A: “The Thunderbirds sent me some stuff to do. For the last week I’ve been drinking a lot of water because they said it would help me not pass out when well hydrated. The morning of the flight I was not to eat anything greasy or spicy, just in case.”

 

Before they took off down the runway of the Wyoming National Guard base, the 34-year-old Williams was briefed on the equipment being used, various safety devices and how to not pass out during the flight.

 

Q: How was it? Anything like riding a bronco?

 

A: “Mentally it was comparable because riding a bucking horse, back when I used to do it took 100 percent effort to ride them because you never know what’s going to happen. That’s kind of the mentality I went into today with, just bear down and try as hard as I can not to pass out or get sick. It takes your entire body firing at the same time so you don’t make that happen. The adrenaline rush was similar to riding bucking horses.”

 

Q: How would you describe it to someone that might never get the chance to fly in one of these jets?

 

A: “I feel like I just got done running a marathon. My body is exhausted just from sitting in that extra seat. The fastest, wildest roller coaster multiplied by a thousand. Literally just as fast as you can go, shooting straight up in the air and flying upside down. Most people have been on a regular commercial air plane, but flying upside down is mind blowing, it was pretty intense.”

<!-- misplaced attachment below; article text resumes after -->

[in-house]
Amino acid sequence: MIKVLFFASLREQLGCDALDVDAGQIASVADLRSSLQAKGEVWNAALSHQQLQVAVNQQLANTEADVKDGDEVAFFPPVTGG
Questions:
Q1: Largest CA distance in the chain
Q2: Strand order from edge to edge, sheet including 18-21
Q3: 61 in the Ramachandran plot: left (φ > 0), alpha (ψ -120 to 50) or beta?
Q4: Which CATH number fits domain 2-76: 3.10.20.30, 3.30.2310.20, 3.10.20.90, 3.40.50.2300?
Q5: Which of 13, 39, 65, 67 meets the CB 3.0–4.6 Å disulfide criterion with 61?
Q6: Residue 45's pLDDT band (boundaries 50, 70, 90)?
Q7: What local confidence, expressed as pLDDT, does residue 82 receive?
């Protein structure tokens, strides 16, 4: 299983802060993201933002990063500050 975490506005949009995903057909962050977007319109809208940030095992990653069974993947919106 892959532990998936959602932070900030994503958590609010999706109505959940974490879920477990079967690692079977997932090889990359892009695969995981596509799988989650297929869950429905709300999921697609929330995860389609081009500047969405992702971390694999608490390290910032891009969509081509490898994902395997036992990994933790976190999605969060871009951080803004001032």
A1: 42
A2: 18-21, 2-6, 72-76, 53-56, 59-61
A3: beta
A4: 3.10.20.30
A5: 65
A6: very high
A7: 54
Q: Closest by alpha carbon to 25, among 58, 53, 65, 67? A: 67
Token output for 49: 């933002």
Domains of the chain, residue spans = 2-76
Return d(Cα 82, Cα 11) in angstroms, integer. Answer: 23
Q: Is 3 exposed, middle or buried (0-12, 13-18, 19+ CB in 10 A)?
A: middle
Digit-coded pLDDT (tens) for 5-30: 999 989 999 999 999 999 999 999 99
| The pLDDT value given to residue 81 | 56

One of the greatest experiences of his life he added.

 

During the flight, Petz performed a number of maneuvers – including a loop, barrel roll, four-point roll, eight-point roll, knife edge and low altitude maneuvering – which are also performed during their air shows.

 

Q: Is this an experience you can write a song about?

 

A: “It could be. Yeah, I would definitely have to look into that. I’m glad we got a lot of footage today, maybe we could put some of that in a music video at some point.”

 

Q: Anything you would like to say to the military members here in Cheyenne or around the world?

 

A: “I have always considered what I do, playing music, as one of the best jobs ever and today I got to see how that compares to being a Thunderbird. We wouldn’t be able to do what we do if it wasn’t for the military. We appreciate everything the military does in keeping us safe and man, if it wasn’t for them we wouldn’t get to play music all the time. In this day in age it’s nice to know even though times are bad in some places around the world, that we are protected by our United States military. Big huge thanks!”

 

Q: Will you be at the Thunderbirds aerial show on Wednesday?


A: “No, we’ll be in Jackson Hole, Wyoming, playing a concert, but I’ll see them tomorrow when they do their practice. I’ve seen it a few times, I’ve always got to watch it from the ground. It’s cool to sit in the back seat of one and actually experience it.”


Q: Anything else you would like to add Chancey?

 

A: “I want to thank them [Thunderbirds] for asking me to fly with them. I feel humble they called me when there’s a lot of other people they probably could have called, but I’m fortunate they called me.”